Healthcare is constantly evolving, finding new ways to innovate and advance digital tools and technology. With this comes the need for transformation to keep up with these advancements. DAIC spoke with Anne Snowdon, RN, PhD, FAAN, to find out more about the steps needed for this transformation and what we can expect to see in the future of healthcare. The full video interviews with her can be found here and here.
DAIC: How do you see innovation happening now in healthcare?
SNOWDON: This is a very interesting time in healthcare. My view is innovation is all about doing things that are very valued and important to the group you’re serving, with patients being front and center health. Systems have been through an unprecedented challenge in the last three years. They have had to change and innovate, and figure out ways to meet demands none of us could have ever imagined. For example, when we couldn’t see our private providers in person during the pandemic, we figured out telehealth. We figured out digital tools that help people help themselves stay well, and we need much more of that. We’ve made major changes and progress. I’m seeing a lot of innovation in workforce. We have a tremendous shortage of health workers, experienced clinicians in particular, worldwide, and there’s no country in the world not challenged by that. Health systems are rapidly designing new approaches to not just improve quality of work environments to retain their workforce, but also new models. They call it the gig model in nursing, where nurses work as contractors. Hospitals have now figured out ways to provide those same flexible hours and shifts, and can retain you as an employee instead of that temporary contracting arrangement, which we know from decades of research just doesn’t achieve the same quality and safety. There’s a lot going on in innovation in health systems and it’s iterating rapidly, even in things like artificial intelligence (AI). In business schools we often say never waste a crisis. I think health systems are starting to learn, and are demonstrating, that they are not wasting this crisis. Instead, they are driving innovation to meet the demands of their patient populations and support the health workforce to deliver the care they so desperately need.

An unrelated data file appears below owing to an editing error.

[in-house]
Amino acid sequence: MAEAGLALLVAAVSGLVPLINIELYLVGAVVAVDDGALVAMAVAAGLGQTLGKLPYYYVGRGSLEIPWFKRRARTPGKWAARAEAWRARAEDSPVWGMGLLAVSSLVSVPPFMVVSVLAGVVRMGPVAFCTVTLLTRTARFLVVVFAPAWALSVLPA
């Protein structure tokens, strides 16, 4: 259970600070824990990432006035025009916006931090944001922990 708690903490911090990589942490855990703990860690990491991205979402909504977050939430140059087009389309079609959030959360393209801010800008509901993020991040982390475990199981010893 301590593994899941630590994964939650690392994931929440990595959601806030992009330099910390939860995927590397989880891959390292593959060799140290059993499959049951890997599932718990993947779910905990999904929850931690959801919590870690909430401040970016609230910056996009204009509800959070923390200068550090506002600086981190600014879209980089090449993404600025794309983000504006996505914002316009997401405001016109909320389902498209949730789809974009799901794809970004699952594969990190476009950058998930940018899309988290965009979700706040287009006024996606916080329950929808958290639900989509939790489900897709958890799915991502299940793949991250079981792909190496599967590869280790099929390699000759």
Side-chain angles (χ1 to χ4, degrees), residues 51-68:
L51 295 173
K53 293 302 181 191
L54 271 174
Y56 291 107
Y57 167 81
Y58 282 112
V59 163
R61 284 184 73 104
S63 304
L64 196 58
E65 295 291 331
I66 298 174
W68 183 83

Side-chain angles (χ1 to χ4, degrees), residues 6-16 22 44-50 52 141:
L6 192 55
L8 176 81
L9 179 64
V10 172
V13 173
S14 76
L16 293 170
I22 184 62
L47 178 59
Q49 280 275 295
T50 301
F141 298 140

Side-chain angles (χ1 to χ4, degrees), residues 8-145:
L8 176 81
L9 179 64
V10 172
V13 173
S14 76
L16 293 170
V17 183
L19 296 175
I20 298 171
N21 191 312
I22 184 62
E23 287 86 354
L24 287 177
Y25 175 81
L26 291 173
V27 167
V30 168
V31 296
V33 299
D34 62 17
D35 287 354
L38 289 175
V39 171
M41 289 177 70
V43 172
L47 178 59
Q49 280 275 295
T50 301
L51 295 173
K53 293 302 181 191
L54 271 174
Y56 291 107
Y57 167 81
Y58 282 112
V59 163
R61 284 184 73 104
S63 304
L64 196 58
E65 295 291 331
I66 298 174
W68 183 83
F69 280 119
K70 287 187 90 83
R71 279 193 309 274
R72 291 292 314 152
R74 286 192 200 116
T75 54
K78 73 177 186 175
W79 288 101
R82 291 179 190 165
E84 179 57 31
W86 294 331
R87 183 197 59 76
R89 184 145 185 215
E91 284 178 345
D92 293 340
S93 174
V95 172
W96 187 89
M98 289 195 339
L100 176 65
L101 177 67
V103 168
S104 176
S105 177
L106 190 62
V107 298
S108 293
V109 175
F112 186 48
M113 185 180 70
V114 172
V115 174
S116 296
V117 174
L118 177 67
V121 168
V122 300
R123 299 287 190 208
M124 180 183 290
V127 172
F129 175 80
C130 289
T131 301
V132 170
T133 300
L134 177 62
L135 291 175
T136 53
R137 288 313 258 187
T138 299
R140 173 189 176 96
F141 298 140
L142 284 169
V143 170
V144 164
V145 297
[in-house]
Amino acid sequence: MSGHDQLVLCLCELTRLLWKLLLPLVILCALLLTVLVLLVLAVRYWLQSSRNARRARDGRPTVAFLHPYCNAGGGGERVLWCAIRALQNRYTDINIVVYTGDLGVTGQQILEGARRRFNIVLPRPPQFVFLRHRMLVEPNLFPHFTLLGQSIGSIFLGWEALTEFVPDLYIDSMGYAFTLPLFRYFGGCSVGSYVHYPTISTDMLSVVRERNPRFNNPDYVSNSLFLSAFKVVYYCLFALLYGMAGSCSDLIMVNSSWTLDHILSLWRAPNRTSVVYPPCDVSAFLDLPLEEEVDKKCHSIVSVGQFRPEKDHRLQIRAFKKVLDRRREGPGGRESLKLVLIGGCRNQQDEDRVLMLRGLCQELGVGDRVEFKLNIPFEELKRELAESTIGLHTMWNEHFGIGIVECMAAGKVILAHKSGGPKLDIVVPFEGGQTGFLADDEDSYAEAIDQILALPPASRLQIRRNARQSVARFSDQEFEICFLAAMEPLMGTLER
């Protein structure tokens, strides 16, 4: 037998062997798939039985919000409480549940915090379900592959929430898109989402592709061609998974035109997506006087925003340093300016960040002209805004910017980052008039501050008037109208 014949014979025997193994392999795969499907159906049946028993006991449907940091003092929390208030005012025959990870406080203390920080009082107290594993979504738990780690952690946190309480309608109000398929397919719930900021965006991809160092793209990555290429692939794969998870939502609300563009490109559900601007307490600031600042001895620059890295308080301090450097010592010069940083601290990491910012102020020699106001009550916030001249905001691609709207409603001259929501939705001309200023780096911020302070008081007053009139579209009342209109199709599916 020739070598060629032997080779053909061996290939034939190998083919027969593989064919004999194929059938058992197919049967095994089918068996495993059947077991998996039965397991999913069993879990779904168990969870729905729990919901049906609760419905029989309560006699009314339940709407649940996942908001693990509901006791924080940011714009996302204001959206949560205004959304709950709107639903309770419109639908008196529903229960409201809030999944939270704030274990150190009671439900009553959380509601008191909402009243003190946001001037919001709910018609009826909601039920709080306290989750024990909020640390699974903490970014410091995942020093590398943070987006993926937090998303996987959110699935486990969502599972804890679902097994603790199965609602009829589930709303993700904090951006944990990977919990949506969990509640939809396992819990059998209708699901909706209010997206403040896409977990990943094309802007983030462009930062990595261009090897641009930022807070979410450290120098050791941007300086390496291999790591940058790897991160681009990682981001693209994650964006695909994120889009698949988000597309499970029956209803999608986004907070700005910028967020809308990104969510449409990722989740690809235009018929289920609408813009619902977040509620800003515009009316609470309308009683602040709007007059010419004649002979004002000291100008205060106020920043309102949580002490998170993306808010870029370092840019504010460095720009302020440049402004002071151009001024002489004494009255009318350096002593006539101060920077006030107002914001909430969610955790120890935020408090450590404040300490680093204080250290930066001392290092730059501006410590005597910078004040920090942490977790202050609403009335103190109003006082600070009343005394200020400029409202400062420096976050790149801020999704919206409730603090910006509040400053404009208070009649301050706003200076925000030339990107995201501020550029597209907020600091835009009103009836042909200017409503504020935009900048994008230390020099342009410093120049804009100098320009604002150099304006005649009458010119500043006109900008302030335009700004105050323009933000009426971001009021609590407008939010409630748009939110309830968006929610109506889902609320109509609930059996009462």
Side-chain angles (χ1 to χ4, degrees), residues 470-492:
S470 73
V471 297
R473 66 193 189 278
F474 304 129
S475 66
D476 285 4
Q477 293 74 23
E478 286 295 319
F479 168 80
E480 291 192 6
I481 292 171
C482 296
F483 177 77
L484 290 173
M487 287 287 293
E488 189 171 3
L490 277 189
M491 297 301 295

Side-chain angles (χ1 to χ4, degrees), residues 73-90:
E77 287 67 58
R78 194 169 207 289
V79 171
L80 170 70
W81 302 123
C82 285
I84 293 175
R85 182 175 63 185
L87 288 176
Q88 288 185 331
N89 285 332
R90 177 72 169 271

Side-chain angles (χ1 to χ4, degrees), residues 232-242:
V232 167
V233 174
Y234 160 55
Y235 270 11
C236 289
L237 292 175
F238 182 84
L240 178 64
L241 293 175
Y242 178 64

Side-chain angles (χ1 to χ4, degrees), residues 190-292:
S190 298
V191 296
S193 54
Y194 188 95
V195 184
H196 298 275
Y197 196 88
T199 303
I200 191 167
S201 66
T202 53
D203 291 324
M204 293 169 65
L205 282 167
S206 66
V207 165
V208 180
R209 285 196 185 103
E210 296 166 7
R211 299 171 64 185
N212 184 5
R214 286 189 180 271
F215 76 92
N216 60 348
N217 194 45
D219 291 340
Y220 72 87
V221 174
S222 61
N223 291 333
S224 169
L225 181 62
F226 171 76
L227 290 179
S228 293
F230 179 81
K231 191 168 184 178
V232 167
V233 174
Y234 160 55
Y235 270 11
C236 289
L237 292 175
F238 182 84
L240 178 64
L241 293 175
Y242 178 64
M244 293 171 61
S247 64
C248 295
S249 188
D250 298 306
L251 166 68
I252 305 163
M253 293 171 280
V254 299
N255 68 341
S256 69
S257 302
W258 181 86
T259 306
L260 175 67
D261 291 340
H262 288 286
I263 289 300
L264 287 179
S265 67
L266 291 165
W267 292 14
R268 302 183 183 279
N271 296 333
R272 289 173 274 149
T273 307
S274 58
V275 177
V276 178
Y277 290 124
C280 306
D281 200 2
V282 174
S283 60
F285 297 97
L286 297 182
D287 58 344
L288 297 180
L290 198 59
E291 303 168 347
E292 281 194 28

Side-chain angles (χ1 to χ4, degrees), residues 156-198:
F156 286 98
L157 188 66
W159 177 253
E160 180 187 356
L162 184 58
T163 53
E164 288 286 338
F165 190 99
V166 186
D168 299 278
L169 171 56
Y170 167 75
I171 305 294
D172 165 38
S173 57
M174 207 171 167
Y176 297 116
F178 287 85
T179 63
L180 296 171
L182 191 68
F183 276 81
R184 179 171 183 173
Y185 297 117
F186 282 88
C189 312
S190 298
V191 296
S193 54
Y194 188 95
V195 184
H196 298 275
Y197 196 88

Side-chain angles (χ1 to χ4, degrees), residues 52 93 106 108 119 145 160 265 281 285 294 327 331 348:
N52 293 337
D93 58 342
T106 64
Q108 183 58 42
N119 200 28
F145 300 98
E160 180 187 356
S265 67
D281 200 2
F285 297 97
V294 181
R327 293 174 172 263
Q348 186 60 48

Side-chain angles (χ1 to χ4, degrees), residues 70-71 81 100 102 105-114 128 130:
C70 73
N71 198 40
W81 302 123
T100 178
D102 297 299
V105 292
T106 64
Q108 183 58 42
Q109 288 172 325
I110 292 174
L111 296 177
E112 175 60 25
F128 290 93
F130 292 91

DAIC: You’ve noted technology has outdistanced a health system’s ability to adopt it and use it to create value, leading to the need for transformation. Can you identify specific steps needed for this?
SNOWDON: One of the best examples of technology far outpacing our health systems’ ability to adopt it is to think about supply chain. In health systems, we didn’t really talk about supply chain before this pandemic. Well, those days are gone. Those global supply chains are very challenged, and yet in healthcare, it has not adopted those technologies to the degree every other business sector has. For example, you go online to Amazon and you’re looking for a particular type of book you’d like to read. Amazon knows the last five times I’ve been on the site, and tells me the books I tend to prefer or purchase. In healthcare, we have not been able to do that. But that technology exists, and it’s quite possible. You can adopt those technologies ... you can actually know which patients are likely to need emergency care this weekend or month with the change in weather. Given the challenges we’re seeing in public health, all those technologies exist ... but being able to proactively predict, plan and implement care that you know you’re likely going to have to deliver is only possible if it’s informed by very robust analytics technologies, which exist in every other business sector, but haven’t yet taken hold in health systems.
DAIC: What does the future of healthcare look like?
SNOWDON: The future of healthcare is largely going to be heavily influenced by the populations we serve. Populations now want to be confident in their health systems. They’re not exceptionally thrilled when they don’t see and have those great experiences or see those quality and safety outcomes. They’re going to influence that future health system leadership to get it right and make sure every person everywhere has the opportunity to achieve their health goals and their health potential. So that’s all about equity. Health systems can help them get there, but it’s not likely to happen without that digital transformation. We need to have very meaningful models of care that are digitally enabled, whether in person with digital tools or completely online. The future health system is all about how do we ensure every person doesn’t just have access to care, it’s about achieving the best possible outcomes for them.
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